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Get Excited About Organic Waste Diversion

Got recycling down pat? Learn more about a growing part of the waste stream that can’t go in a recycling bin, but can be diverted from landfills.

Updated on 09/04/18 | Originally Published on 04/14/16

If the
members who
compost fruits and vegetables instead of sending them to the landfill
Complete this quiz to find out what the impact would be.
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In 2014, the total organic waste recycled and composted in the US reduced CO2 emissions comparable to taking 723,000 cars off the road for one year.
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Nice job! Do you already compost your organic waste? Share your experience, and any tips you have for the community, in the comments below.

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These days, recycling is almost universally available, and more and more people are actually recycling! But solutions for organic waste (like food and yard waste) have been slower to catch on. Organic waste shouldn’t go to landfills where it creates GHGs, and that presents opportunities.

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  • Mary Jo E. 8 months ago
    Is using a garbage disposal for food scraps a good thing to do?
  • Mary W. 1 year ago
    Have been composting for YEARS, but am always happy to learn the important facts you share so that I can pass them on to others who need some additional education to take that important next step! THANKS!
  • K A. 1 year ago
    Fascinated that "composting sustains 2x more jobs than landfilling"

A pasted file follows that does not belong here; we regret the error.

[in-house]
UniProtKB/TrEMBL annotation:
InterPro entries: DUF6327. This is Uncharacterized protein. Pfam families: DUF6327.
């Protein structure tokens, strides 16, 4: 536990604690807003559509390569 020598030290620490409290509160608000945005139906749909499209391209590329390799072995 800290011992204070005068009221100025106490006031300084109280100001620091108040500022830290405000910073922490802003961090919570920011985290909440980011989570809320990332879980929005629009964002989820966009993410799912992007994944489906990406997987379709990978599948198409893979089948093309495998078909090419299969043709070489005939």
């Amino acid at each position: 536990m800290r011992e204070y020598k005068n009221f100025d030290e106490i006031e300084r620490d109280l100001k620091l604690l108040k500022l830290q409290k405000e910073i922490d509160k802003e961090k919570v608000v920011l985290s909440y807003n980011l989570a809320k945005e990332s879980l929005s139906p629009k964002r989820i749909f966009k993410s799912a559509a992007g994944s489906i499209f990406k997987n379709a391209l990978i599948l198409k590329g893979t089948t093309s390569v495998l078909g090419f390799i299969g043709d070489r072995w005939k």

Thank you for inspiring me to do more research on this!
  • Katie K. 1 year ago
    I didnt know alot of that
  • Heather B. 1 year ago
    Hard to want to compost yard waste when your clueless neighbors use lawn pesticides and their toxin-covered grass cuttings, leaves, etc. blow onto your property.
    • K A. 1 year ago
      It's still a step forward for sequestering carbon! If you and/or your family have allergies or health concerns, it may be worth having a sit-down with your neighbors to explain the effect their choices have on your medical bills, now and in the future.
    • Heather B. 1 year ago
      Conversation has worked with some neighbors and not others. Fact is that pesticides are poison for everyone, whether a person has any special health concerns or not. Lawn pesticides for aesthetic lawns are poisoning our air, soil, water, and beneficial insects, not to mention pets who walk on it, then lick their paws or fur (ask any veterinarian), and kids who unknowingly run through it and bring it into their homes on their shoes (as adults also do). A helpful thing in my family’s lives is that we’ve called all the lawn care companies and asked them for courtesy calls the day before they plan on spraying liquid pesticides or spreading dusty granular pesticides, so that we can at least make sure our windows are closed and outdoor toys are picked up. Their customers get this courtesy, but sadly, even if you live right next door, they don’t notify you unless you ask. Good point that composting would still be a positive step, but I wouldn’t want to use any of it on a garden for food since it’s been exposed to unknown pesticides. And, we always wait at least a week and until after a soaking rain to rake any leaves from our yard, to limit our exposure. Many lawn pesticides are now touted as remaining active for many weeks, even months, which equates to them not readily breaking down...means they stay toxic in the soil, on the grass, on grass clippings, on leaves, etc. It’s very sad, the chemical companies are making so much money on the peddled “need” for a perfect lawn trumping people’s health. Pesticides should be the exception, not the rule. So, yes, composting, but awareness.
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